The vast majority of this production comes from cooperatives, many of them indifferent with respect to grape quality and production methods.  These anonymous cooperatives were no doubt the sources of the ordinary Cotes du Rhone wines we encountered at the sidewalk cafes in Paris.  Nevertheless, many of the cooperatives manage to produce soundly made, pleasant wines without any particular complexity or depth.  A few cooperatives frequently offer enjoyable bottlings well above the plonk level.

Similarly, many individual producers of Cotes du Rhone offer wines equivalent to the cooperative products.  Some are merely acceptable, and many are reasonably enjoyable, especially for the price, as Cotes du Rhone wines are often great values for the money, even in the face of the weak exchange rate.

Aside from the producers of plonk or of reasonably enjoyable Cotes du Rhone, there are producers of outstanding red wines that bear the “plain old” Cotes du Rhone appellation.  Their properties are outside of the boundaries (sometimes by inches) of one of the established AOCs or even one of the villages of the Cotes du Rhone-Villages classification.  These producers have chosen a blend of varietals well suited to their vineyard sites, their vineyards are favorably sited, they employ first rate viticultural practices (such as keeping their yields low), and they take great care in the actual wine-making process.

Examples of Top Producers

Some of these producers of first-rate red Cotes du Rhone are well-regarded producers of AOC wines, and others are independent growers whose only product is generic Cotes du Rhone.

Chateau de Fonsalette, the source of the Cuvée Syrah we so enjoyed at La Beaugravière, is an example of the former.  It is made by Emmanuel Reynaud, the proprietor of the legendary Chateauneuf du Pape, Chateau Rayas.  In addition to the Syrah bottling (the production of which is tiny), Fonsalette offers a “regular” Cotes du Rhone blend of Grenache, Cinsault and Syrah.

Domaine Gramenon, the source of the Cuvée Sagesse we had with two meals at La Beaugravière, is an example of the latter.  The Laurent family used to sell their grapes to negotiants and began making and selling their own wine about 1990.  We have been fans since their first releases.  Gramenon wines still offer a very high quality to price ratio.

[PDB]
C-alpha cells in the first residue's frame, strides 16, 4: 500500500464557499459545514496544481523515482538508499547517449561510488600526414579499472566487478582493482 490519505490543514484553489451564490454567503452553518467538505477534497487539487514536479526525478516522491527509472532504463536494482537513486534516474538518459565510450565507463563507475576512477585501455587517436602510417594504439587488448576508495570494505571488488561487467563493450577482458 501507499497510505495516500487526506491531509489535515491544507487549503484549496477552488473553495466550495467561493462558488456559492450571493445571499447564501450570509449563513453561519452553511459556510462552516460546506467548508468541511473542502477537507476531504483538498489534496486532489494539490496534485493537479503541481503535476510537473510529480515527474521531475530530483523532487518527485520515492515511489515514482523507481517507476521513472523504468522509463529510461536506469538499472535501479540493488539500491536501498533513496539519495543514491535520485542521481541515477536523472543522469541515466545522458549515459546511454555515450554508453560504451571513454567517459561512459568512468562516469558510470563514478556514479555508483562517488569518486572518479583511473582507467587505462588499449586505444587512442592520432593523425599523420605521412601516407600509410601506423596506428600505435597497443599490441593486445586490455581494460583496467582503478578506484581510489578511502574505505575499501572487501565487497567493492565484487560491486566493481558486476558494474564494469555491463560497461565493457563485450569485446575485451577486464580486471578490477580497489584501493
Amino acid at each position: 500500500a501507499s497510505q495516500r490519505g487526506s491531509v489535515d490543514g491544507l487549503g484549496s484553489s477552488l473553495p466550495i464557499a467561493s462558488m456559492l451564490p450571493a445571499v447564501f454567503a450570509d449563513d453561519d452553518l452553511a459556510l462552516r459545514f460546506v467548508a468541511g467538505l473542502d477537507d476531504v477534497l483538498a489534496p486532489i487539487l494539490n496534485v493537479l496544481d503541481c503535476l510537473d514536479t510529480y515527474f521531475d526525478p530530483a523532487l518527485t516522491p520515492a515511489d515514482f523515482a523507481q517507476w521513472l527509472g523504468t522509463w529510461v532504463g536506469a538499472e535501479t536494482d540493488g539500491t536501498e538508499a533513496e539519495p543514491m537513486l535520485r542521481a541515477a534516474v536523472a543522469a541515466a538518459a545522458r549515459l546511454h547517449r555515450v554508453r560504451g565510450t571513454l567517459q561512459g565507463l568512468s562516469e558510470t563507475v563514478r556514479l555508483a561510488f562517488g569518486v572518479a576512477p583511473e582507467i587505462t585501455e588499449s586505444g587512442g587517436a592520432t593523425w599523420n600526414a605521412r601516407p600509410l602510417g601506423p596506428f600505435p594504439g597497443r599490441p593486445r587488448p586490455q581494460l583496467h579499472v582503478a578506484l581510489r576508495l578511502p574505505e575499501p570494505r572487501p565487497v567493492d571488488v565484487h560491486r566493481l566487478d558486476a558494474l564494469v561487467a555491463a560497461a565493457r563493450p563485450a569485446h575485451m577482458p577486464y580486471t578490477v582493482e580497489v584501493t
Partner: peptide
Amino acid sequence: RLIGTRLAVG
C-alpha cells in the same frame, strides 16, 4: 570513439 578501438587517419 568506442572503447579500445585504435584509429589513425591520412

Another top Cotes du Rhone is from our favorite Chateauneuf du Pape producer, Domaine de Beaucastel.  It is the Coudoulet de Beaucastel.  But for an artificial boundary, the Coudoulet property would be in Chateauneuf du Pape.  It is just across the autoroute from Beaucastel itself.  Like Beaucastel’s Chateauneuf, Coudoulet has a higher proportion of Mourvedre than most Cotes du Rhone.

We have encountered red wines from a stone-covered area called the Plan de Dieu (the “plain of God”), near the village of Violes, that despite the lack of any pedigree other than Cotes du Rhone, have been highly concentrated and flavorful.  A prime example would be a bottling with deep fruit flavors, from a vineyard in Violes belonging to its producer, Corrine Couturier of Domaine Rabasse-Charavin in nearby Cairanne.  Why this area doesn’t have at least Cotes du Rhone-Villages status is a mystery to us.

Excellent Cotes du Rhone reds are offered by a wine range of specialists from other appellations.  Our favorites include the Mon Coeur cuvee from J. L. Chave (of Hermitage fame), Andre Brunel (of Les Cailloux in Chateauneuf du Pape), Domaine Santa Duc (of Gigondas), and Domaine Brusset and Domaine de l’Oratoire St.-Martin (of Cairanne).

Some wine drinkers behave like trophy hunters and focus on the wines of the most famous (and expensive) appellations such as Hermitage or Chateauneuf du Pape.  Ignoring a lowly appellation such as Cotes du Rhone is unfortunate, because every Rhone appellation has its gems, and that includes the Cotes du Rhone.  The top Cotes du Rhone wines are complex, rich and delicious, despite their common lack of a vineyard location in a place with a more elevated pedigree.  For those wine lovers who take the time to get to know the top Cotes du Rhone producers, the reward is great enjoyment without spending a fortune.